Major League Baseball is once again teaming up with Autism Speaks, the world's leading autism science and advocacy organization, in a league-wide effort to recognize Autism Awareness Month. All 30 MLB Clubs will raise awareness for the disorder during one home game in April, or on another home date on their regular season schedule. Many of the MLB Autism Awareness games throughout the league will provide special opportunities and a safe, friendly environment for families and individuals affected by autism, allowing them to experience a game like never before. Additionally, a part of the proceeds from game ticket sales will go toward Autism Speaks' efforts to increase awareness, fund innovative autism research and family services, and advocate for the needs of individuals with autism and their families.
"Major League Baseball is proud to partner with Autism Speaks once again in order to raise awareness and support its mission of treating, preventing and curing autism," Baseball Commissioner Allan H. (Bud) Selig said. "Many of our Clubs are longstanding supporters of the autism community. As we begin our new season, it is a privilege for our entire industry to stand together behind Autism Speaks and highlight their remarkable work."
Working with Autism Speaks or other autism awareness organizations, many Clubs will recognize local families during pre-game ceremonies. Additionally, in select ballparks, members of the autism community can enjoy the game from designated "Quiet Zones" with a sensory-friendly environment, as well as participate in various traditional baseball activities, including throwing out the first pitch, singing the National Anthem, announcing "Play Ball!," singing "Take Me Out to the Ballgame" and performing "God Bless America." This year, Autism Speaks created a Guide to the Game, a visual story to help prepare children and adults with autism for a day at the ballpark by walking them through the full experience in detail ahead of time. The special accommodations enable many families affected by autism to attend their first Major League Baseball game.
"We are so grateful for Major League Baseball's league-wide support again this year," said Liz Feld, President, Autism Speaks. "Thanks to the wonderful work of each team's staff and volunteers, last year thousands of families from the autism community enjoyed a ballpark experience for the first time. The sensory friendly accommodations and the ability to participate in pre-game activities made it possible for our families to enjoy America's favorite pastime and watch their favorite team. We know our families will be thrilled to return to the ballpark this season."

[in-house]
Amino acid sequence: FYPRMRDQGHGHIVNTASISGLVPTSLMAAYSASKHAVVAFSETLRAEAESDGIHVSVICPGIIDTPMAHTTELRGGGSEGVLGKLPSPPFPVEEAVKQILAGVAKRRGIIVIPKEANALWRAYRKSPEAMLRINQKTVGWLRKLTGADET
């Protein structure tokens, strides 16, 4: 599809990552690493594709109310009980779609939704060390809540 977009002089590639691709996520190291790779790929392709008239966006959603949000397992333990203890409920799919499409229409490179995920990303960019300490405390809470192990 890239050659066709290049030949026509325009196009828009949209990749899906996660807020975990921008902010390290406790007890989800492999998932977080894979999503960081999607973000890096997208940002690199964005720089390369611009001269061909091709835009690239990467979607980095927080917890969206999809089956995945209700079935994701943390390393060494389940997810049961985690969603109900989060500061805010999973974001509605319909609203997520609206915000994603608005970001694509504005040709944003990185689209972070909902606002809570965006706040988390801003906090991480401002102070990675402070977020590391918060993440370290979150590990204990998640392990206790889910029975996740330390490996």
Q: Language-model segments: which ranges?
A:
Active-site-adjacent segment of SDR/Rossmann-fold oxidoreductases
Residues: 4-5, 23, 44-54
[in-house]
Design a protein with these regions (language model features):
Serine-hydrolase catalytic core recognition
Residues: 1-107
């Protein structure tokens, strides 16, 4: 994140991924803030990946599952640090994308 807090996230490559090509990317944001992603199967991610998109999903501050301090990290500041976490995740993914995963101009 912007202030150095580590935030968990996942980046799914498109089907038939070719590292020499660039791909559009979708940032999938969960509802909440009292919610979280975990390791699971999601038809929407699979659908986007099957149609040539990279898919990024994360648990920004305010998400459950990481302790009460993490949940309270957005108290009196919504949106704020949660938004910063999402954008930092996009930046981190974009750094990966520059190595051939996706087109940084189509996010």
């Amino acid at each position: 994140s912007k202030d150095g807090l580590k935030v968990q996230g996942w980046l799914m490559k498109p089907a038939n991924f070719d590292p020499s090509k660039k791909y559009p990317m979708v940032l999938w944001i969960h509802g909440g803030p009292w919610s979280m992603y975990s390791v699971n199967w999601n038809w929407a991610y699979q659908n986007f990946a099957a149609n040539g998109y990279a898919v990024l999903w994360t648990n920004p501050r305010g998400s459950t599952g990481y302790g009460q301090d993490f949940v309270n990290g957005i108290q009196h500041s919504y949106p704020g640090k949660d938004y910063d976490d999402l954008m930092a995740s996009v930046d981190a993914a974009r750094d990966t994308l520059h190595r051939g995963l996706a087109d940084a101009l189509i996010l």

The schedule of Club recognition dates is as follows:
- Miami Marlins - Friday, April 4th
- Oakland Athletics - Saturday, April 5th
- Pittsburgh Pirates - Sunday, April 6th
- San Diego Padres - Friday, April 11th
- Baltimore Orioles - Saturday, April 12th
- Milwaukee Brewers - Saturday, April 12th
- Cincinnati Reds - Sunday, April 13th
- Philadelphia Phillies - Monday, April 14th
- Texas Rangers - Wednesday, April 16th
- Detroit Tigers - Friday, April 18th
- Colorado Rockies - Saturday, April 19th
- Toronto Blue Jays - Thursday, April 24th
- Houston Astros - Saturday, April 26th
- Arizona Diamondbacks - Sunday, April 27th
- New York Mets - Sunday, April 27th
- Washington Nationals - Sunday, April 27th
- Los Angeles Angels of Anaheim - Monday, April 28th
- Boston Red Sox - Saturday, May 3rd
- Kansas City Royals - Sunday, May 4th
- Minnesota Twins - Sunday, May 18th
- San Francisco Giants - Tuesday, May 27th
- St. Louis Cardinals - Friday, May 30th
- Chicago White Sox - Saturday, May 31st
- Chicago Cubs - Wednesday, June 4th
- Tampa Bay Rays - Saturday, June 7th
- Atlanta Braves - Sunday, June 15th
- Los Angeles Dodgers - Tuesday, June 17th
- Cleveland Indians - Wednesday, June 18th
- Seattle Mariners - Sunday, July 13th
- New York Yankees - Saturday, August 9th
During the 2013 season, more than 30 Autism Awareness events took place in MLB ballparks, resulting in thousands of dollars from game ticket sales that went toward Autism Speaks' efforts to improve the lives of individuals with autism and their families.
Autism is a general term used to describe a group of complex developmental brain disorders - autism spectrum disorders - caused by a combination of genes and environmental influences. These disorders are characterized, in varying degrees, by communication difficulties, social and behavioral challenges, as well as repetitive behaviors. An estimated one in 68 children in the U.S. is now on the autism spectrum - over a 78 percent increase in five years that is only partly explained by improved diagnosis.
For more information about MLB Autism Awareness and to check on respective Club dates commemorating the initiative, please visit MLBCommunity.org.